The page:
For the record, I own a 19′ glass walleye boat. In that category, I believe the aluminum hulls have gotten so good that you can no longer just say that fiberglass rides better than aluminum. Some aluminum models definitely ride better than some glass models. And weight is very comparable b/t the two.
    Pick the one you like the best and, if it happens to be aluminum, don’t let the fiberglass guys “convert” you.

    avatar timmy 
    Participant
    Posts: 1,968
    #600259

    My question is about how those bigger glass boats typically handle rough water. A friend of mine ran a Ranger 620(deeper, walleye style rig) with a 200 yamaha on the back. It rode awesomely, but in rough water, trolling was a pain. In anything over 18″ waves, the boat rode low enough that water would break over the bow and flood the floor. It was horrid. Doing a fair amount of trolling for trout/salmon, he ditched the rig and went with an 1850 tyee – identical to what my rig is. His rig would run 40mph over those 2 footers like a dream, but slow down and troll, and it would fill with water when trolling into them. He hated it.

    Are all of the bigger glass boats prone to this? I have noticed a lack of the glass walleye style rigs at the docks in my big lake trips.

    Please remember I come from the background of S-16 lunds powered by 25hp johnsons. My Tyee is like a Cadilac compared to the boats of my youth.

    Tim

    avatar CastJigBAM 
    Participant
    Posts: 36
    #600301

    On this subject, I have a questions thats been bothering me too either glass or aluminum…

    How well does a glass do in the late, late fall (ex:breaking ice in bay to get out) vs. aluminum? Will there be a problem w/ the fiberglass?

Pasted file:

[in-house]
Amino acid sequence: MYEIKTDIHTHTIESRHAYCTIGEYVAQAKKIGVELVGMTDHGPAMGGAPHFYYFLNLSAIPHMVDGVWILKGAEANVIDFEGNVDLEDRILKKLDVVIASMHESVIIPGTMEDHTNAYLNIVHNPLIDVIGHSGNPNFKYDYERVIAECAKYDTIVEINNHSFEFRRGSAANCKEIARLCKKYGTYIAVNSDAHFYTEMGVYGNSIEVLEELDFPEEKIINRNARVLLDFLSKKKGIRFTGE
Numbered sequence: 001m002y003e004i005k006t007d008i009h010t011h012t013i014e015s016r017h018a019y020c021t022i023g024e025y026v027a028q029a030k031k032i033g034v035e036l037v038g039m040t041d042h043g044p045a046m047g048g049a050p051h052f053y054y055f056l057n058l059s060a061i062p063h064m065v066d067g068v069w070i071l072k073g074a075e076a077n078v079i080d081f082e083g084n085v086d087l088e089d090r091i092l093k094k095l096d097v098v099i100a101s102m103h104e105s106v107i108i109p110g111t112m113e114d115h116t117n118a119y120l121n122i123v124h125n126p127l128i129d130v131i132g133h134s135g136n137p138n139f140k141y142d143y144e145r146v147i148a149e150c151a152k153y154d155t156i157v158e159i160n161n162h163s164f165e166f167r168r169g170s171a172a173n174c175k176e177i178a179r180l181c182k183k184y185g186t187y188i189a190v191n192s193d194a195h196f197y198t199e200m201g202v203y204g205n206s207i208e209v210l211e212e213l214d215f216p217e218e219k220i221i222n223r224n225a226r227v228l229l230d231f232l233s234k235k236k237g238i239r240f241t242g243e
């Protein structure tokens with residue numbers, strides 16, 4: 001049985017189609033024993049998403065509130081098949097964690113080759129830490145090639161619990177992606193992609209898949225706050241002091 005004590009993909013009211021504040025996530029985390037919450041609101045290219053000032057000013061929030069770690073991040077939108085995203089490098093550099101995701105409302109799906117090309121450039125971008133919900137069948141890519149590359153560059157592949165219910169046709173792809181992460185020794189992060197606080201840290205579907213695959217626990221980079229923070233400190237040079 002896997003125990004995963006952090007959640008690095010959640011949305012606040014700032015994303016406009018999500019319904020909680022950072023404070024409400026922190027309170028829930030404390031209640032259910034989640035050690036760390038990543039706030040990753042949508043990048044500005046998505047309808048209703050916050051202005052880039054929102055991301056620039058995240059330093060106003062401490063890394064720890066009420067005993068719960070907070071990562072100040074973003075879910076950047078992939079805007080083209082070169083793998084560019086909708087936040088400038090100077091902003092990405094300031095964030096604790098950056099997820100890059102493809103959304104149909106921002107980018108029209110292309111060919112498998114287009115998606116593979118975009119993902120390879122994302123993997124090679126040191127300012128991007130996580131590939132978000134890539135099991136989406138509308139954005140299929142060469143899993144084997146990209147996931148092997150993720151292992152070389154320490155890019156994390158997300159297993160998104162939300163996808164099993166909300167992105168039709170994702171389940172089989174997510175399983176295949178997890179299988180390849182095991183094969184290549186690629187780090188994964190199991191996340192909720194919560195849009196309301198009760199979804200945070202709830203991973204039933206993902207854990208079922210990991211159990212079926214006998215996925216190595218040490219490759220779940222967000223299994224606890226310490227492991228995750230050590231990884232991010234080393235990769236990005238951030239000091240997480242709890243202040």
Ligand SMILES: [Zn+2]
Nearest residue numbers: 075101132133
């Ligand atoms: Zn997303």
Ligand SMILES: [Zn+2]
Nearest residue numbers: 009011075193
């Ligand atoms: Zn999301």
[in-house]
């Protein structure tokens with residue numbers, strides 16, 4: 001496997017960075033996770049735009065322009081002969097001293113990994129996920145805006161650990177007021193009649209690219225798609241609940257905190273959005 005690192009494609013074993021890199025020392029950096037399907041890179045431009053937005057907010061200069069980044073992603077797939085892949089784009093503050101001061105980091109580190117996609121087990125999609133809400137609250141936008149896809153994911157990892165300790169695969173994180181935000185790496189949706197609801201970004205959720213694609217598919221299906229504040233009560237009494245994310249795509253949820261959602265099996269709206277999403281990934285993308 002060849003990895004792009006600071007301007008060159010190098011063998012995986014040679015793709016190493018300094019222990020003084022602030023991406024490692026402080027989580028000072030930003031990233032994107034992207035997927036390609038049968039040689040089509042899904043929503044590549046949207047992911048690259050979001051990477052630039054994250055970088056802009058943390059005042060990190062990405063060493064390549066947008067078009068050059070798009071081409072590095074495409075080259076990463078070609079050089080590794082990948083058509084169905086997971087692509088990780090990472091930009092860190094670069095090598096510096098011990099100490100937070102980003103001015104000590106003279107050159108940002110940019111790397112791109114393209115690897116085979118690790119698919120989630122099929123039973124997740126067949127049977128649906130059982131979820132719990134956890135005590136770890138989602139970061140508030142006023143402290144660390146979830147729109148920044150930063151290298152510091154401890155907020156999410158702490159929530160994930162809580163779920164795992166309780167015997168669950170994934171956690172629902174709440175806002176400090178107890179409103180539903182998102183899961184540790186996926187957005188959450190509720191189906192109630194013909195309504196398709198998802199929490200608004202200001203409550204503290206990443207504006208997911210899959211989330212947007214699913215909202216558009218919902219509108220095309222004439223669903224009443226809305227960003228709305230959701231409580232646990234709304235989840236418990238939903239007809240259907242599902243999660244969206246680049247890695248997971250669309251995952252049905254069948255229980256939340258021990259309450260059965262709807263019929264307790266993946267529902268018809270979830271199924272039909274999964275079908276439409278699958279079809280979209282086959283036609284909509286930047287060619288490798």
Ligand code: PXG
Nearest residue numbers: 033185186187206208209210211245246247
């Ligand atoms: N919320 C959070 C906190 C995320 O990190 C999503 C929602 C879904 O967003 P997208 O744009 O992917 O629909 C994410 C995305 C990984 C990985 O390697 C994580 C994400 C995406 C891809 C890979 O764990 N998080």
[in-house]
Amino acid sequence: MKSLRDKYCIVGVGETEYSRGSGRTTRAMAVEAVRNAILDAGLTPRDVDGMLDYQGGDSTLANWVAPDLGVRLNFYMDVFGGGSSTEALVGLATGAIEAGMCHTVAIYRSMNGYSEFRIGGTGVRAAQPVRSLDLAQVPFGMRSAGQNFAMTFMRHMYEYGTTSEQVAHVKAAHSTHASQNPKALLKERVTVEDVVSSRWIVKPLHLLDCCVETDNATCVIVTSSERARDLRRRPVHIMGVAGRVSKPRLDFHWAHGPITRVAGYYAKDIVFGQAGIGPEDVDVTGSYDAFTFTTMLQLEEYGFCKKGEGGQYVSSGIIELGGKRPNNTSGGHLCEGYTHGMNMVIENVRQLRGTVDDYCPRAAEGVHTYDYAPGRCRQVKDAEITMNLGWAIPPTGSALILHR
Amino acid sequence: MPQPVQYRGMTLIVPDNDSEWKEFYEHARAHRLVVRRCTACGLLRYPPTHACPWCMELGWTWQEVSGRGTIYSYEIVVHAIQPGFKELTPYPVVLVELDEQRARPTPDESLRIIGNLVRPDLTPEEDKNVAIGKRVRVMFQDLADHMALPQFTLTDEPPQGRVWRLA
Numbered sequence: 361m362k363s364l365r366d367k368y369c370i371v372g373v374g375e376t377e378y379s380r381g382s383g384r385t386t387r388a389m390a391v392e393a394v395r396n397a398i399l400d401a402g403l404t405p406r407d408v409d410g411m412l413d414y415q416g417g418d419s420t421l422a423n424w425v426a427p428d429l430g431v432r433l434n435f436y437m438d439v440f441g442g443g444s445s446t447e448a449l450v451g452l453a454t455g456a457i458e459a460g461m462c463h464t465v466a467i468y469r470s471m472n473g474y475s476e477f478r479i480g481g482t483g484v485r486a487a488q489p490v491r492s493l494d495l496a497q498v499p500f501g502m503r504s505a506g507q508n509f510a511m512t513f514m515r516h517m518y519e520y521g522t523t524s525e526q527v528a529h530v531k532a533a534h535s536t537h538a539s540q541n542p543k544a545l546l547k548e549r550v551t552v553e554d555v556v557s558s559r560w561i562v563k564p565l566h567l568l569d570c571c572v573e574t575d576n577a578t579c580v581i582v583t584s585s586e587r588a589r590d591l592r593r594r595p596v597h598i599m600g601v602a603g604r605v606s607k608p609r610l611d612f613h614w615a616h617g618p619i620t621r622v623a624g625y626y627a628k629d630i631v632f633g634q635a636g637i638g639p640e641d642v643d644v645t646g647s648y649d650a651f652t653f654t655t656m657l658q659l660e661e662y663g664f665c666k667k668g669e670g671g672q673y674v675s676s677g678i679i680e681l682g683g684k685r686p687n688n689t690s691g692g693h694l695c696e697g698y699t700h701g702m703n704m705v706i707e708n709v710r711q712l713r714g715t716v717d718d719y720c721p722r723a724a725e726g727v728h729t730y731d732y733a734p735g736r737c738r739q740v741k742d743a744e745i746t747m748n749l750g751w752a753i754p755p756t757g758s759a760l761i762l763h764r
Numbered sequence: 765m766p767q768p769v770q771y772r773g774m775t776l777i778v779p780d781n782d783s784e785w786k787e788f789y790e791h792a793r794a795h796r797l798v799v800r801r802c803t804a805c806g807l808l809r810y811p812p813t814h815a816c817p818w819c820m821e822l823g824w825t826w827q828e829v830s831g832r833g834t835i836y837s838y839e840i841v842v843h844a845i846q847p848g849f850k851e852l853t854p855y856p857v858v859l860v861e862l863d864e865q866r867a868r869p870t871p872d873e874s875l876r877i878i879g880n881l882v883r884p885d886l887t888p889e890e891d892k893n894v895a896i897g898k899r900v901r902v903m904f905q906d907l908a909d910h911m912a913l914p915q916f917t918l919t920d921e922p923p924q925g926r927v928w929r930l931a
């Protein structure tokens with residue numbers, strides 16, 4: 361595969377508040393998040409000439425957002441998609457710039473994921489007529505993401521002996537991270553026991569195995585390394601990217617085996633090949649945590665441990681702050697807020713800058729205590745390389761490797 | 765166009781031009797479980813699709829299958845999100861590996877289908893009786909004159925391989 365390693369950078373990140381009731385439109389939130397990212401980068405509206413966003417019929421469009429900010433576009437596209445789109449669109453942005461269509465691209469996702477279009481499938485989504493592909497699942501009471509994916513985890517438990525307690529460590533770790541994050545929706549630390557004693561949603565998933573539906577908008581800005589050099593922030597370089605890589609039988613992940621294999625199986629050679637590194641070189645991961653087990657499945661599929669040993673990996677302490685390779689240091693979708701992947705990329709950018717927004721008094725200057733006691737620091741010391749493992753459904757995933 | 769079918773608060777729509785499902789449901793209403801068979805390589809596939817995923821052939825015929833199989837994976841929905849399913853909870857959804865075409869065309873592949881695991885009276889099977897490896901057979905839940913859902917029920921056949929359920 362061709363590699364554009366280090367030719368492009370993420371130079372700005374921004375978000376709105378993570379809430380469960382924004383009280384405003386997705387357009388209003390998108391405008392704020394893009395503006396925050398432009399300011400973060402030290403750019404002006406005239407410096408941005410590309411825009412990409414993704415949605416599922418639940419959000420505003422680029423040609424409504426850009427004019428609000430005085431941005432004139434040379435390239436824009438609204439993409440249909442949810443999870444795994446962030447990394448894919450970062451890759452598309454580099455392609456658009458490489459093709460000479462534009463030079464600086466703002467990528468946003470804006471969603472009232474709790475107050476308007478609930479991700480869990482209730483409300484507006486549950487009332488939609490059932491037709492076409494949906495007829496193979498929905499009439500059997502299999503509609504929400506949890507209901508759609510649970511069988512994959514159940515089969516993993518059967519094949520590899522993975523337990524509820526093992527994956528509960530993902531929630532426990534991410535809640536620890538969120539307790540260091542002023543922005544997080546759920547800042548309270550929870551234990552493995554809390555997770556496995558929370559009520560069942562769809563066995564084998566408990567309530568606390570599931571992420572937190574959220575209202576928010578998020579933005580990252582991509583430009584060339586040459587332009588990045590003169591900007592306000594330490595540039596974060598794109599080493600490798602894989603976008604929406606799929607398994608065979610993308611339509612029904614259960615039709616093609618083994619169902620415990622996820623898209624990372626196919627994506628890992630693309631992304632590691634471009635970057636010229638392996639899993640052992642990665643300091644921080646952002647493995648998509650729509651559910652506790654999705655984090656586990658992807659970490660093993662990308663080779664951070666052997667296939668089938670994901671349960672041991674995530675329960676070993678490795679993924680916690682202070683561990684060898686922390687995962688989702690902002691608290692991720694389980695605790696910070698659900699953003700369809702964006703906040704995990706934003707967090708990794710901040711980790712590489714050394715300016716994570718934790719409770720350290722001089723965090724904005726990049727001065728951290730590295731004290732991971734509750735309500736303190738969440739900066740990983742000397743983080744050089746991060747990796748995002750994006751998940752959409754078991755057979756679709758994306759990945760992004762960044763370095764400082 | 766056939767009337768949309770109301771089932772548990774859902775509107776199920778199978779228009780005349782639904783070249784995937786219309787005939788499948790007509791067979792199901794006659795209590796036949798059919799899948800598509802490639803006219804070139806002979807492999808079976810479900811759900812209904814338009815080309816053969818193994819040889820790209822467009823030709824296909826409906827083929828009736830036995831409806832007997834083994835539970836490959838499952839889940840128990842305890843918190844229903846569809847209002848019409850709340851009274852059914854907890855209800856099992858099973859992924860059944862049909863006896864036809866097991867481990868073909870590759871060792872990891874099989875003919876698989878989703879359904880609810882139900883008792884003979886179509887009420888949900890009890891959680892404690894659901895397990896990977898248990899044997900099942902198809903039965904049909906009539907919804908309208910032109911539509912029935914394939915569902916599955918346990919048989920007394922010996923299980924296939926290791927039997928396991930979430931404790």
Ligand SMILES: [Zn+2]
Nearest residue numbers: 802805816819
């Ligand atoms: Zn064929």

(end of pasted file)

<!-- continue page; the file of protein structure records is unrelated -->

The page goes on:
avatar mossboss 
    Participant
    Posts: 2,816
    #600316

    Quote:


    On this subject, I have a questions thats been bothering me too either glass or aluminum…

    How well does a glass do in the late, late fall (ex:breaking ice in bay to get out) vs. aluminum? Will there be a problem w/ the fiberglass?


    Personally, I’m not taking my fiberglass boat through ice. If you need that, I would stick with Aluminum.

    Or, just buy a 2nd flat bottom for that.

    avatar walleyewacker18 
    Participant
    Posts: 621
    #600373

    I guess another question to ask yourself is are you fishing smaller lakes which dont get many big waves or are you fishing waters that get big waves consistantly. If you fish rough water many times then you might want to think fiberglass. If you are more smaller lake fishing with not to many big waves there is nothing wrong with an aluminum boat. Fiberglass will be your best option for rough water. Nothing against aluminum. I run an aluminum lund and it works just fine for me